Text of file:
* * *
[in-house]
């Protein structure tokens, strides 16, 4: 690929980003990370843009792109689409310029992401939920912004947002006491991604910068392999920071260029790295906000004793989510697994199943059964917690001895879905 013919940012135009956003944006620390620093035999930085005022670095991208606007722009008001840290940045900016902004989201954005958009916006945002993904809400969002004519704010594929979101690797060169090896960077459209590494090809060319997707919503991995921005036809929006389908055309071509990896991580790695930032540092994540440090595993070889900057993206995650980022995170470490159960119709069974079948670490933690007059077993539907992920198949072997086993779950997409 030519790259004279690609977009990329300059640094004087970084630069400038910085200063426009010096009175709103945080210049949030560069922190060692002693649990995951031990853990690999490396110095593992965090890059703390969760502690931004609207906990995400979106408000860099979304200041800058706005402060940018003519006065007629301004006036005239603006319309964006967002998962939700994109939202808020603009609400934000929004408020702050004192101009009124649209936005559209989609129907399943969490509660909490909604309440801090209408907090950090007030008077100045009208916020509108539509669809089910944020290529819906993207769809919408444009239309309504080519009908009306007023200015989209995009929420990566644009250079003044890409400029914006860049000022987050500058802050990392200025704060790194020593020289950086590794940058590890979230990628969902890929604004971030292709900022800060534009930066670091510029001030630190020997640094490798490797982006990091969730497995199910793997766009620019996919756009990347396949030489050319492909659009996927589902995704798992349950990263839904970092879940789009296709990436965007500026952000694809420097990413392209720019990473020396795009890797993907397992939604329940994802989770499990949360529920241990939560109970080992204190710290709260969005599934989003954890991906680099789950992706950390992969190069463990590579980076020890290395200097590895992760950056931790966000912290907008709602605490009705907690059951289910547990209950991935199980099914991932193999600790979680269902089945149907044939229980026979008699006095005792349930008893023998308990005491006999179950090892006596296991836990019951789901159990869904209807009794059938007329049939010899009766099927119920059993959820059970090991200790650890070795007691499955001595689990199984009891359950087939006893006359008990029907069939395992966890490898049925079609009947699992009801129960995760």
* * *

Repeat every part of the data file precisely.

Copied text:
[in-house]
């Protein structure tokens, strides 16, 4: 690929980003990370843009792109689409310029992401939920912004947002006491991604910068392999920071260029790295906000004793989510697994199943059964917690001895879905 013919940012135009956003944006620390620093035999930085005022670095991208606007722009008001840290940045900016902004989201954005958009916006945002993904809400969002004519704010594929979101690797060169090896960077459209590494090809060319997707919503991995921005036809929006389908055309071509990896991580790695930032540092994540440090595993070889900057993206995650980022995170470490159960119709069974079948670490933690007059077993539907992920198949072997086993779950997409 030519790259004279690609977009990329300059640094004087970084630069400038910085200063426009010096009175709103945080210049949030560069922190060692002693649990995951031990853990690999490396110095593992965090890059703390969760502690931004609207906990995400979106408000860099979304200041800058706005402060940018003519006065007629301004006036005239603006319309964006967002998962939700994109939202808020603009609400934000929004408020702050004192101009009124649209936005559209989609129907399943969490509660909490909604309440801090209408907090950090007030008077100045009208916020509108539509669809089910944020290529819906993207769809919408444009239309309504080519009908009306007023200015989209995009929420990566644009250079003044890409400029914006860049000022987050500058802050990392200025704060790194020593020289950086590794940058590890979230990628969902890929604004971030292709900022800060534009930066670091510029001030630190020997640094490798490797982006990091969730497995199910793997766009620019996919756009990347396949030489050319492909659009996927589902995704798992349950990263839904970092879940789009296709990436965007500026952000694809420097990413392209720019990473020396795009890797993907397992939604329940994802989770499990949360529920241990939560109970080992204190710290709260969005599934989003954890991906680099789950992706950390992969190069463990590579980076020890290395200097590895992760950056931790966000912290907008709602605490009705907690059951289910547990209950991935199980099914991932193999600790979680269902089945149907044939229980026979008699006095005792349930008893023998308990005491006999179950090892006596296991836990019951789901159990869904209807009794059938007329049939010899009766099927119920059993959820059970090991200790650890070795007691499955001595689990199984009891359950087939006893006359008990029907069939395992966890490898049925079609009947699992009801129960995760």